The message so amused me that I did not erase it. I’ll be using it to educate people. Let us break down the message and make educated inferences. Since the language being used is Cebuano, it may indicate that the perpetrator may be a Cebuano-speaker who is from North Negros Occidental, Negros Oriental, or Region 7. It’s ironic since I’m Ilonggo and my mom doesn’t speak Cebuano. My number being picked as a victim is most likely chosen at random.
Now, if a family member borrows a friend’s cellphone and texts home, common sense will tell us that he/she will put his/her name at the end of the message, considering that the number being used will not appear in his/her kin’s phonebook. What’s more, if an accident really did happen, and if he/she did in fact had serious injuries, will he/she have the capacity, time, and/or chance to personally text his/her family? If he/she is being operated on I doubt if doctors will allow him/her to text. So if the person is not that injured to text why can’t he call home via landline or ask somebody to inform his family? Some more intelligent con artists may choose to disguise themselves as a friend of that person but it may not convince the victim enough to make a wrong move.
It’s noticeable also that the amount of the load being asked for has been fixed to P100.00. Why haven’t he said to call that number? Instead, he was asking for load. If the accident was true and the text was genuine, it would be more likely that the name of the hospital and the room number will be indicated in the text. Of course, a more intelligent crook can just easily include that in the text but then you can use it to verify at the named hospital before making any foolish moves.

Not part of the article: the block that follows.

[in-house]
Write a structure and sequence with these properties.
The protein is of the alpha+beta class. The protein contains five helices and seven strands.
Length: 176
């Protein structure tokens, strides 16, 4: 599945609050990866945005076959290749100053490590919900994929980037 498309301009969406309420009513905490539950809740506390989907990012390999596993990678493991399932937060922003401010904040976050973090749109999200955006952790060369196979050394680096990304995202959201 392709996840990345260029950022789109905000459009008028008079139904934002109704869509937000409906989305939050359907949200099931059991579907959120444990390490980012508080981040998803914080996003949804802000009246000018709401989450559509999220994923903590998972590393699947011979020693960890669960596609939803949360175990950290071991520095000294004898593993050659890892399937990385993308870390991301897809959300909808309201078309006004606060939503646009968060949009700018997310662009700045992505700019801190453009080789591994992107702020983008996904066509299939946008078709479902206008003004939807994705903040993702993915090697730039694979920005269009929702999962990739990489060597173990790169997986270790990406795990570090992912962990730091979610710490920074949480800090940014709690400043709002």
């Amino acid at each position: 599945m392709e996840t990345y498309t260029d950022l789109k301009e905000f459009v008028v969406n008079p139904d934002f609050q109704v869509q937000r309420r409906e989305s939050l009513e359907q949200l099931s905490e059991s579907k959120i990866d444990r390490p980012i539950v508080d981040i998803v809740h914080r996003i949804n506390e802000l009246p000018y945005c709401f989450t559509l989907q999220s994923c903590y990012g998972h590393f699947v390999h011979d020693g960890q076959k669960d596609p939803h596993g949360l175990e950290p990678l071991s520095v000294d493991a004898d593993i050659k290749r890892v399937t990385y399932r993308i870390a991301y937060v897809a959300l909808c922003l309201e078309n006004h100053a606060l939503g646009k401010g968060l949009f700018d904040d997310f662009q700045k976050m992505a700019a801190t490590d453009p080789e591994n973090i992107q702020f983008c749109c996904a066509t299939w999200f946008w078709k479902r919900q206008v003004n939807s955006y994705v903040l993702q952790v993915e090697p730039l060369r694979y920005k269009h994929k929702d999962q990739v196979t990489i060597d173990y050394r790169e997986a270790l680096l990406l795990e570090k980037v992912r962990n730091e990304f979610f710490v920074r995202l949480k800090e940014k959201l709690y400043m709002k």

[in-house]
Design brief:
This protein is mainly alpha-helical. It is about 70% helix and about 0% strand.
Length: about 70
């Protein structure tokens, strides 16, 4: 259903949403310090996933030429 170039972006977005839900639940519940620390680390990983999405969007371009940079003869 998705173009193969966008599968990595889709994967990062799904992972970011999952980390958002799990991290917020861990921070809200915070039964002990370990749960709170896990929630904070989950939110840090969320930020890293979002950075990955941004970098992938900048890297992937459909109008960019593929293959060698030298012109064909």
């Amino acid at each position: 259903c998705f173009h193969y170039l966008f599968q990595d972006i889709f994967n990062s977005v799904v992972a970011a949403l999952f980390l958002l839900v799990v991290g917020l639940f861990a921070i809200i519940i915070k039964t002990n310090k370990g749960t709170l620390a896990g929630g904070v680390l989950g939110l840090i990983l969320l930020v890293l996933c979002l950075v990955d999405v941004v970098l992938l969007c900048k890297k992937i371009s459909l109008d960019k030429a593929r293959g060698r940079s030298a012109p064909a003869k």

Taking all of these into consideration, it becomes very apparent that said message is a fake. Naturally, I didn’t waste my load answering it. It’s very important that we apply common sense. An earlier text scam consists of a message where a supposedly family member tells the recipient of the text that "This is my new roaming number" and the message is followed by some with a few other sentences, in some of which say, "I’ve sent you a balikbayan box."
Here the texter is trying to paint a picture that he/she is a kin working abroad. I personally received several of these messages but again I didn’t believe them. First of all, they did not bear the name of the sender. A genuine sender, especially one texting from abroad (and paying P15.00 or P20.00/text), would not be that careless or foolish not to include his name in his message. One time I received 3 or 4 similar messages of this nature, but all coming from different cellphone numbers. Ironically, these bogus messages were sent to my phone one after the other with no or so little time interval. It’s just plain crazy to believe in the scam.
The allusion to a "balikbayan box" is obviously a bait for the victim to respond to the message. I have not replied to these messages so I do not know how this scam is concluded, and there’s no need for me to experience it to know it’s a fake.
Yet another text scam, which comes in different formats, is the "you win" text. Entities given in these texts that had supposedly sponsored these "raffles" include Bangko Sentral ng Pilipinas, PAGCOR (Casino Filipino), and PCSO) among others. But a simple check with these entities would show that they are not connected in any way to these claims of "raffle wins" from unscrupulous text messages. Several public warning have already been issued by concerned entities.*